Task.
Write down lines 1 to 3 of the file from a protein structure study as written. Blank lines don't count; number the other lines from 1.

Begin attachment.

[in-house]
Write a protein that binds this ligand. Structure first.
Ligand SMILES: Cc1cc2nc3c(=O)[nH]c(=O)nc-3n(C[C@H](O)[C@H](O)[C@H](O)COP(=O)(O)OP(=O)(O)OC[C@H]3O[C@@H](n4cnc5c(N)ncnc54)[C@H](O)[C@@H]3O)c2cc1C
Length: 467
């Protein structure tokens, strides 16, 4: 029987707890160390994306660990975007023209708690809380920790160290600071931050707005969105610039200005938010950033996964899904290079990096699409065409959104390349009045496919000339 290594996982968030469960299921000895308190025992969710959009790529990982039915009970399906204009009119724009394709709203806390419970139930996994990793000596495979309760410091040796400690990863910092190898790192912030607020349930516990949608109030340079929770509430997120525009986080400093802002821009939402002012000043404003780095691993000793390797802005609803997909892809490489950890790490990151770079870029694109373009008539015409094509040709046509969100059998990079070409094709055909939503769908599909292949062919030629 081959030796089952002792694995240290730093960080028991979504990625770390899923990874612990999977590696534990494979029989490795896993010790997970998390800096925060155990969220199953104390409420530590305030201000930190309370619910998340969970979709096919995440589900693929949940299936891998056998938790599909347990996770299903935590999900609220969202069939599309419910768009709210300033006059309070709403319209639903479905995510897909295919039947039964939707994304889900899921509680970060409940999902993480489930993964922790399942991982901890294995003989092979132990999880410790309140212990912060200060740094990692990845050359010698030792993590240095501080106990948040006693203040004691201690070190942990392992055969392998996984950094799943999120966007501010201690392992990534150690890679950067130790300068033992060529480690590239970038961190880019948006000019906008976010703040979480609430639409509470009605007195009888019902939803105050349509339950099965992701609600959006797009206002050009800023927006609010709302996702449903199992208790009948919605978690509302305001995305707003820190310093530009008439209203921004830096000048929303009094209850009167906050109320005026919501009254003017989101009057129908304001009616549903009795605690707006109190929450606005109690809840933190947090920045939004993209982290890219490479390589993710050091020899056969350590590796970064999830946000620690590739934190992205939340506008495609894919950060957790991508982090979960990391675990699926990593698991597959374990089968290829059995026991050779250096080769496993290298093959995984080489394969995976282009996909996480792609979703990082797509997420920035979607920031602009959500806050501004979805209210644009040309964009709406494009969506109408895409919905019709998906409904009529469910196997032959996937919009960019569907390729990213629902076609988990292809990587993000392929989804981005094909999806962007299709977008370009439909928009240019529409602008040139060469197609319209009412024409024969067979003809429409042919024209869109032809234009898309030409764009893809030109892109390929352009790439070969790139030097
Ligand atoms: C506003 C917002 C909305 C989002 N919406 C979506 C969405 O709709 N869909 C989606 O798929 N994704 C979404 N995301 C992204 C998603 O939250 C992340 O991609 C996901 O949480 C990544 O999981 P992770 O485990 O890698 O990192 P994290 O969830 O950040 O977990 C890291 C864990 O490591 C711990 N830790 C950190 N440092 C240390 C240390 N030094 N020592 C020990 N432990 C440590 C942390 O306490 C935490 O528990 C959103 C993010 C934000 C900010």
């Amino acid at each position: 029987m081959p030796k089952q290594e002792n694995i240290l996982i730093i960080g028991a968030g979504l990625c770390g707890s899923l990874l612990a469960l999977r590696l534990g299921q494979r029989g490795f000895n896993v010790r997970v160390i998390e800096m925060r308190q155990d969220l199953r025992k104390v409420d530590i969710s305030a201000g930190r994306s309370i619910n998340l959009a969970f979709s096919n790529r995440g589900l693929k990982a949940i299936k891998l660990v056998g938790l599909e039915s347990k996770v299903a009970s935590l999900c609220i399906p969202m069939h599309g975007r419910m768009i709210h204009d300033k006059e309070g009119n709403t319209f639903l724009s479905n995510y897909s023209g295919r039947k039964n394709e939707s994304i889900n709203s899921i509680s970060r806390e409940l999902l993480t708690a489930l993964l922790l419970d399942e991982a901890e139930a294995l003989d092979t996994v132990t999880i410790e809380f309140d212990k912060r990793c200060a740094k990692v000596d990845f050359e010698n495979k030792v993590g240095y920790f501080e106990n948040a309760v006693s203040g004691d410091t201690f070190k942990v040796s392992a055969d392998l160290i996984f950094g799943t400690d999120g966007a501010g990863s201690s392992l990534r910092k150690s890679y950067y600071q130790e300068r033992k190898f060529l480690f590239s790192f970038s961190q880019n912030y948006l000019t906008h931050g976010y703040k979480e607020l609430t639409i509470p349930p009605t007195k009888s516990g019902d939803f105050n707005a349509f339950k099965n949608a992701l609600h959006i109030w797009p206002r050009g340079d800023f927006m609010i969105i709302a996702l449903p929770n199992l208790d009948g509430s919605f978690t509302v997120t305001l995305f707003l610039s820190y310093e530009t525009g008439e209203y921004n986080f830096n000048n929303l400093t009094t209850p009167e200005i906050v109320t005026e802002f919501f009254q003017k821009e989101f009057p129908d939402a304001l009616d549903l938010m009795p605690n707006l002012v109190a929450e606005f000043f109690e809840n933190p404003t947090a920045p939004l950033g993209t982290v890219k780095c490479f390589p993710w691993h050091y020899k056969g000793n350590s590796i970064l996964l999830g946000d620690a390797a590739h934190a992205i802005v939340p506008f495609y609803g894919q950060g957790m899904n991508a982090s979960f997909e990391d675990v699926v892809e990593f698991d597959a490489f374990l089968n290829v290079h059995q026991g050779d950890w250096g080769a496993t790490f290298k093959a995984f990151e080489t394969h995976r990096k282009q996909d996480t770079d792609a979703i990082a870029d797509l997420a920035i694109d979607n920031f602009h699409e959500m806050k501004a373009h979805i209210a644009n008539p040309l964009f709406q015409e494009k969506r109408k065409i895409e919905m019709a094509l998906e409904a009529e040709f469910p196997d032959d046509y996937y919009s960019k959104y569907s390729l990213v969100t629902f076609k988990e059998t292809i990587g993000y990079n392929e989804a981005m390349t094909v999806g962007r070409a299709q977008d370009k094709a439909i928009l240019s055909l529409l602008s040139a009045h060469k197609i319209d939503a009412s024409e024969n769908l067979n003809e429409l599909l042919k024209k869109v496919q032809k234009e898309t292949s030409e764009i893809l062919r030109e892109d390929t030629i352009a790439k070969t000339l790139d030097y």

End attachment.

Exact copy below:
[in-house]
Write a protein that binds this ligand. Structure first.
Ligand SMILES: Cc1cc2nc3c(=O)[nH]c(=O)nc-3n(C[C@H](O)[C@H](O)[C@H](O)COP(=O)(O)OP(=O)(O)OC[C@H]3O[C@@H](n4cnc5c(N)ncnc54)[C@H](O)[C@@H]3O)c2cc1C